Digital twin (simulation) predictive modeling, contact tracing
Interoperability standards & data sharing (health “commons”) feeding
real-time decision-making dashboards
ML discovering deep data patterns for antivirus effectiveness and
contact tracing, what about unstructured OT data?
Easy collaboration (hangouts, teams, etc.) coordination of care, triage
Technologies to help us adapt
15. National (not whole Earth?) level
Organization level (CEO, CMIO, CTO,
1. Identify the new digital
2. Focus on stabilizing short term
3. Only lastly, assume existing
projects need to stay on track
How do I get back to work? How can I
mentally get back to focus when I’m
worried about this impact?
How do I stay safe interacting with
others? Are workplaces physically
How do I deal with personal impact
from this (either COVID or other things
which have happened in same period
How does my profession change?
How will we emerge from this?
Health architecture challenges
Geo-quarantine, with travel bans
By demographic, older people
Large gathering restrictions
Test and release, flare-ups, some sort of
ID showing clear? Some sort of antibody
test? Some sort of immunity for how
People have resisted stay at home, will
get worse as pandemic walking outdoors
Police intervention? Socialized policy
timetable...Tracking by mobile phone,
specific hall passes for certain types of
Some patients who have been on
ventilators have cognitive issues when
back (post ICU syndrome)
* This is my conjecture only
16. How can we get back to work?
Requirements for a scalable system (millions of workers),
demonstrable proof of being virus free, plus an extra
requirement… what if there is a resurgence of cases?
The question you’ve all been waiting for…
• Define the
• Build a mobile app
• Roll it out
• Define the
• Build a mobile app
• Get patient profile
from central SOR
• Automate some parts
for efficiency (don’t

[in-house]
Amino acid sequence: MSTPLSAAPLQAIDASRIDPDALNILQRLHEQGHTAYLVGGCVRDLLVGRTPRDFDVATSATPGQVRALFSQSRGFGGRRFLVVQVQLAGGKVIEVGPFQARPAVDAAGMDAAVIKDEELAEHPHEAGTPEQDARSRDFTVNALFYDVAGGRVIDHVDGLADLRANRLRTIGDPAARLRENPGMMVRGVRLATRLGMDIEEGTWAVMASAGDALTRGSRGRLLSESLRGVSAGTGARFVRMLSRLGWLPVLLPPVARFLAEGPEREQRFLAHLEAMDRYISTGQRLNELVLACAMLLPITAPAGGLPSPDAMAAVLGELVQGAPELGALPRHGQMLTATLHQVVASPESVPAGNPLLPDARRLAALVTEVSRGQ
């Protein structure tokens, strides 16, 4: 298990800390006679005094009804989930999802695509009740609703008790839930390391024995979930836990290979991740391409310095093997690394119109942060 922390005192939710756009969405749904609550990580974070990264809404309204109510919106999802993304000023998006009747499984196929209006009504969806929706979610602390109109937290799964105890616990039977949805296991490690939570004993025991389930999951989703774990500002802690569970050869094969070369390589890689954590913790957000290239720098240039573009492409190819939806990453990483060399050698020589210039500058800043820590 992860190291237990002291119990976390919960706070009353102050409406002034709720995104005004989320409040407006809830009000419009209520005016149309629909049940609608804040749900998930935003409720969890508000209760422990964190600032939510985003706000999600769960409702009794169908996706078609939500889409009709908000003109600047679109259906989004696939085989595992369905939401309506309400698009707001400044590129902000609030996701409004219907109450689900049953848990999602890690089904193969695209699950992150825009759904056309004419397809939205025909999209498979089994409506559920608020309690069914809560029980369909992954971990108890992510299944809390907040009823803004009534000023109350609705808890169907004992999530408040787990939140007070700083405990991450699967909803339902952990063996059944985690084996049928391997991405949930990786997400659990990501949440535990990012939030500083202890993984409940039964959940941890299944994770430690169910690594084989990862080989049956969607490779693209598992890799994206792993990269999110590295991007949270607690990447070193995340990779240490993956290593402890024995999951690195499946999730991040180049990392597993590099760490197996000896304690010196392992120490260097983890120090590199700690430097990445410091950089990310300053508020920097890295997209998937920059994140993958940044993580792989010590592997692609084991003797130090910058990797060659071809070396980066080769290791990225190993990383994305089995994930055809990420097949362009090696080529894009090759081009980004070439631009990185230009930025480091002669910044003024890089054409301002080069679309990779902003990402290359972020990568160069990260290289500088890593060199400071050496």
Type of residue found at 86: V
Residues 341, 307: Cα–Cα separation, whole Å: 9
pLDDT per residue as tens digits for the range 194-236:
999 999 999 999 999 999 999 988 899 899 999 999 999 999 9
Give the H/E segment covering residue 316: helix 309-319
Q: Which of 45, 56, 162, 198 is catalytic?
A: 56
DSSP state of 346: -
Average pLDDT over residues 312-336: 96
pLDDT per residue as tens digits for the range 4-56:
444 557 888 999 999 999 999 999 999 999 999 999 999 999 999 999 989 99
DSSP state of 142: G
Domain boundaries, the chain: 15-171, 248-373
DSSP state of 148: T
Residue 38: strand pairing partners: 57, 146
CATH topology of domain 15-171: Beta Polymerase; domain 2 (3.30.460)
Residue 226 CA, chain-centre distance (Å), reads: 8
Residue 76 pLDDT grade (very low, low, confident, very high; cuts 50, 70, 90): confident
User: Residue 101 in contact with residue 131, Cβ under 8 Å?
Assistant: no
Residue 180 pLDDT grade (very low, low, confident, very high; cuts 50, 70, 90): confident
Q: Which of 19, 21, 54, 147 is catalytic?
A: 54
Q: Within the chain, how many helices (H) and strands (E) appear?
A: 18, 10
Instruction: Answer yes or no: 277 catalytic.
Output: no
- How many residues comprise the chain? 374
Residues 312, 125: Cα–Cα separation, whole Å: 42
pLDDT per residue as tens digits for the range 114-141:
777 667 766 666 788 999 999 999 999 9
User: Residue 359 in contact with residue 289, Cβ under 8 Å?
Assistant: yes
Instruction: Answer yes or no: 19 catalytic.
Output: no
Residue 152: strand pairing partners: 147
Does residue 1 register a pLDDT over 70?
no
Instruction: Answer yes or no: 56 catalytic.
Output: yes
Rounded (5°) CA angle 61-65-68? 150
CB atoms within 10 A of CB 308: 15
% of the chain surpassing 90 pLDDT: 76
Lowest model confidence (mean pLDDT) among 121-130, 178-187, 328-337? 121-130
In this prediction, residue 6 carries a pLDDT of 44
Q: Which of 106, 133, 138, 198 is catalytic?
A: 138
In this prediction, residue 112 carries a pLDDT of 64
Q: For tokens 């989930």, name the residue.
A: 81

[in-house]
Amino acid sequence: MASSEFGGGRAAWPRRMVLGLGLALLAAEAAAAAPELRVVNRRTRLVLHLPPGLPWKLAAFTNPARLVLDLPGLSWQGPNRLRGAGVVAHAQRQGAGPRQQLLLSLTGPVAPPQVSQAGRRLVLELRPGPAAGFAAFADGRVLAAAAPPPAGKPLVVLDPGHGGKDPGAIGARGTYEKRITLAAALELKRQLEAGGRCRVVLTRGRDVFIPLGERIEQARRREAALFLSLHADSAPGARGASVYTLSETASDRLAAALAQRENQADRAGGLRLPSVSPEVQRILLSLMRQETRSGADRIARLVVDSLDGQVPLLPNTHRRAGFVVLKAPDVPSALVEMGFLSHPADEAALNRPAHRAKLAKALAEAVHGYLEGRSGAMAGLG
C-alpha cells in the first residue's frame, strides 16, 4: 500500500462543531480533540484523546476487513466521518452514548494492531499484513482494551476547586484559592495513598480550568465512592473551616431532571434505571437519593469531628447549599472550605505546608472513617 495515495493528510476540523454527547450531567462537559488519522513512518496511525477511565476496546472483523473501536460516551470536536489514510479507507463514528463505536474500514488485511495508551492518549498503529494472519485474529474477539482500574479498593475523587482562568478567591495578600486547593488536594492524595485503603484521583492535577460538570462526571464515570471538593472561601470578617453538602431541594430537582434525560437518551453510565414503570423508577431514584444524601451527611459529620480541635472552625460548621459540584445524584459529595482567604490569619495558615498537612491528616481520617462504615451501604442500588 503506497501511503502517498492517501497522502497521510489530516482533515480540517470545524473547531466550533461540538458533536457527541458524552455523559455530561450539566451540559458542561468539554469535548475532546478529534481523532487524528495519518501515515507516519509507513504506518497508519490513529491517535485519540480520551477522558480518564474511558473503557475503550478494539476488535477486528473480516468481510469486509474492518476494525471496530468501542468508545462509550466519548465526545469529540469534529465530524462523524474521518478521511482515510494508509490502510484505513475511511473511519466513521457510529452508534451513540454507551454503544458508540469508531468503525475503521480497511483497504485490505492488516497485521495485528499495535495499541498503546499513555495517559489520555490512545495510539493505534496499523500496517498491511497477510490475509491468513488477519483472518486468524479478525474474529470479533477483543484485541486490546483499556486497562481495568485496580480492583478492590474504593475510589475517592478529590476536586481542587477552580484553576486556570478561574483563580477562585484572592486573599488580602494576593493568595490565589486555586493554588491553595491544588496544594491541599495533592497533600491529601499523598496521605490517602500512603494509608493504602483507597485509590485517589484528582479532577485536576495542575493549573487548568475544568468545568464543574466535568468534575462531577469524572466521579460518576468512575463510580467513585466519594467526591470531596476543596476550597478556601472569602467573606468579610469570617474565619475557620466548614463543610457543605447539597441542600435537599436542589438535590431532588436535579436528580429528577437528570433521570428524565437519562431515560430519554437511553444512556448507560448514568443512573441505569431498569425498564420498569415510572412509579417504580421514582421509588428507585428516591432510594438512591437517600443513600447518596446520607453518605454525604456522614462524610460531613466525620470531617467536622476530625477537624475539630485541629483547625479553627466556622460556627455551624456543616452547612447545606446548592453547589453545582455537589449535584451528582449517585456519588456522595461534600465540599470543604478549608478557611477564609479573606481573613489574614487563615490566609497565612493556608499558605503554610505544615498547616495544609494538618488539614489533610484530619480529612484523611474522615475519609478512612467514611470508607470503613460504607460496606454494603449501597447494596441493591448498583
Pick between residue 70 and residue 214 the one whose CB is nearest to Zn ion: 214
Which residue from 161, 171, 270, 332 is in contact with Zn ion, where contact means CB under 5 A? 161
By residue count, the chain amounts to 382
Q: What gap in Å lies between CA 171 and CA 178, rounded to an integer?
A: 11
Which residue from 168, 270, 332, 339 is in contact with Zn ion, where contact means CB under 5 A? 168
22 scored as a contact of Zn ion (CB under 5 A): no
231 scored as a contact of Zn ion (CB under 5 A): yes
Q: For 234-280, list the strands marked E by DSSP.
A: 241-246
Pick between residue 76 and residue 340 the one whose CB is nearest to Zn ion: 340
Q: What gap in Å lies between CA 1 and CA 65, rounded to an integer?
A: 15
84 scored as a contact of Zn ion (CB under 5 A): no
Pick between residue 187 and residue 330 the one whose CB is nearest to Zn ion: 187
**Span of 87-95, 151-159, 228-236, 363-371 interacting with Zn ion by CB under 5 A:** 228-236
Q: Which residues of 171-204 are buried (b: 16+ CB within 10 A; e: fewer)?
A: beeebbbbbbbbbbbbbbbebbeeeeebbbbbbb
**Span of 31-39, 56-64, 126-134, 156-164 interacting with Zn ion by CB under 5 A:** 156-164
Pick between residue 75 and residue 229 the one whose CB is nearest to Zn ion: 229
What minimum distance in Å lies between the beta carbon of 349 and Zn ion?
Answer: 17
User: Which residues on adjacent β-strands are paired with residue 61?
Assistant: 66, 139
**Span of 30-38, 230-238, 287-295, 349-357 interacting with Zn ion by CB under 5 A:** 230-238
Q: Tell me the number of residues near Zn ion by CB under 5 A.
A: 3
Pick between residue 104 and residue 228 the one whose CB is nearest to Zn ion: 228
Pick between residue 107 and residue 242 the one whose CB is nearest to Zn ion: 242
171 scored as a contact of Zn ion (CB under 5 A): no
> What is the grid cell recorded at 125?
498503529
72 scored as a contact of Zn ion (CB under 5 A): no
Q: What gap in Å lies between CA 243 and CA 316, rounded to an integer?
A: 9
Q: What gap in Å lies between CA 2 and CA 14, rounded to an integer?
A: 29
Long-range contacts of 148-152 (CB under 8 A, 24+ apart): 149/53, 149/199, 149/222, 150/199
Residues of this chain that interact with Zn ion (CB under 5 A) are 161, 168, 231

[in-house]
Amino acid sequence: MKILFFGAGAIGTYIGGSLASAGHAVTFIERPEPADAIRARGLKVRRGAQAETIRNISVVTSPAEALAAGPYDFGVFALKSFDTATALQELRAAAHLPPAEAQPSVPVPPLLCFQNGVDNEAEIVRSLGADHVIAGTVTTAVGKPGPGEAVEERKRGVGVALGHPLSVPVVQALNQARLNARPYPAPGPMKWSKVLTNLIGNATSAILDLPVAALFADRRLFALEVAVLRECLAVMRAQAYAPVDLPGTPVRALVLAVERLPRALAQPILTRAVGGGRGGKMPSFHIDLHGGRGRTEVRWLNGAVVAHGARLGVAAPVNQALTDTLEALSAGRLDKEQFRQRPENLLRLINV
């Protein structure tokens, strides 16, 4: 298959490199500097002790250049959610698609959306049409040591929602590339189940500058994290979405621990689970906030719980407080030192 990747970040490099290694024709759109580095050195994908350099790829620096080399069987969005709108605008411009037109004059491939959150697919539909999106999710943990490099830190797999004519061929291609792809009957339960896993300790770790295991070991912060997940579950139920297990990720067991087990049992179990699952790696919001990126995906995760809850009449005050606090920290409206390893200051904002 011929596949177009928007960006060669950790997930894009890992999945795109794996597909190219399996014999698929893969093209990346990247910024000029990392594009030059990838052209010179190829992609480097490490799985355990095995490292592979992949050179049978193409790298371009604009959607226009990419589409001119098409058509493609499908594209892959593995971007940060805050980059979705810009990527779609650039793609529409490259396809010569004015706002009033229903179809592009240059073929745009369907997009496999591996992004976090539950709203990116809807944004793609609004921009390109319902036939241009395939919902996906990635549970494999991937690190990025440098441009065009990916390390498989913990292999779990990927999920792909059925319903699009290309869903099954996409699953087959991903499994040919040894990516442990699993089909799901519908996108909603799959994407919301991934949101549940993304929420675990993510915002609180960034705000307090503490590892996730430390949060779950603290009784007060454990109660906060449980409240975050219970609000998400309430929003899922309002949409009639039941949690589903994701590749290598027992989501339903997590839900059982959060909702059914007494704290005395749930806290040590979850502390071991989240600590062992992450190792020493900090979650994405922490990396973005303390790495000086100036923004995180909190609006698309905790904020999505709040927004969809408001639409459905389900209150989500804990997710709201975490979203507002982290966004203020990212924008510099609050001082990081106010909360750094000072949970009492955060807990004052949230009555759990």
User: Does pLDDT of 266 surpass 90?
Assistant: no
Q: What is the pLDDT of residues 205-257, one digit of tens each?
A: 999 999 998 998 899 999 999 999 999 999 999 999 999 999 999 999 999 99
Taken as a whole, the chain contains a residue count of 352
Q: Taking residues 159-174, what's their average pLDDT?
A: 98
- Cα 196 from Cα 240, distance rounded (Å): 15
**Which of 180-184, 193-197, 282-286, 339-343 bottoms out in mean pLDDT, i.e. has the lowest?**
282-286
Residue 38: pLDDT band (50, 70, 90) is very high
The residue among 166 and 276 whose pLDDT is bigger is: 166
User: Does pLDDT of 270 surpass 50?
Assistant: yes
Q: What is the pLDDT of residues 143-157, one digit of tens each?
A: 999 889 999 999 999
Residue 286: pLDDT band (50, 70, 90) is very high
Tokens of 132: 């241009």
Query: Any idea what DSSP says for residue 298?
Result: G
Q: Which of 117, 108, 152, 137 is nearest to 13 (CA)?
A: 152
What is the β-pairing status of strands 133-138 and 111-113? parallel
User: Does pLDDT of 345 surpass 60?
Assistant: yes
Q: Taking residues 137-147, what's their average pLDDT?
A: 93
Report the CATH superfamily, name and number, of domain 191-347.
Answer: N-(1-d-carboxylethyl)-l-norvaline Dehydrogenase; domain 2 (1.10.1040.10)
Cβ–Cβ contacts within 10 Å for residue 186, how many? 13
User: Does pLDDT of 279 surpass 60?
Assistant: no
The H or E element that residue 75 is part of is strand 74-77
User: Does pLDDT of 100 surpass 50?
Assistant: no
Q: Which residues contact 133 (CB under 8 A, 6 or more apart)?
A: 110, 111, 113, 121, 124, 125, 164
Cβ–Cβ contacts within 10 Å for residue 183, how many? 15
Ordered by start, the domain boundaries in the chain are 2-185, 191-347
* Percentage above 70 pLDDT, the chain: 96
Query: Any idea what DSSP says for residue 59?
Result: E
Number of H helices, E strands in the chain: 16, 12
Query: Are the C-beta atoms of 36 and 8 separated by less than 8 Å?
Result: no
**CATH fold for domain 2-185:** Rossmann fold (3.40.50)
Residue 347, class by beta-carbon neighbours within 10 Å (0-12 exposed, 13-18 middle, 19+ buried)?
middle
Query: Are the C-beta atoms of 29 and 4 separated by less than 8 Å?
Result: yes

ask are you Male, if
you already know…)
• Build a mobile app
• Provide a feedback
loop from hospitals (if
the app said I was
clear, and I wasn’t…)
• Design for preplanned
• Re-roll it out!
• Design with residual
analysis based on
and small MVPs to
see what survives
build parts that help
stressors observed in
• Set the path for
• Implement broader
triage mechanism to
detect if a new
disease is present
17. You guessed it…
Build a habit around this
Specifically be looking further afield, doing small $ MVP’s, and
incorporating anti-fragile planning as a co-equal in design
The uncomfortable questions are the ones which, when answered,
lead us to adaptability
What mindset do we need to adapt?
18. APQC guide on COVID preparedness
Customer journey mapping in healthcare example
Royal Society on disease modelling and surveillance
U.S. CDC site, JHU multi-sourced reporting site, Microsoft
WaPo visualization, Moscow Times, IHME predictive model, other data sets and here
Bill Gates 2015 talk & how Teams/remote meetings change things
IBIS outlooks by industry & CO, social distancing impact
Testing resources – BEI, NIH, Verily, CVS, Everly and strategy, Conduent
Computational biology labs & ML
HK/Singapore response, TraceTogether, BlueTrace.io
Residual design & antifragile(Barry O’Reilly)
For further reading
19. An Association for All IT Architects
For further information, please direct questions to email@example.com or
We’ll cover along the way:
Typical health IT systems (primer) across provider, payer, patient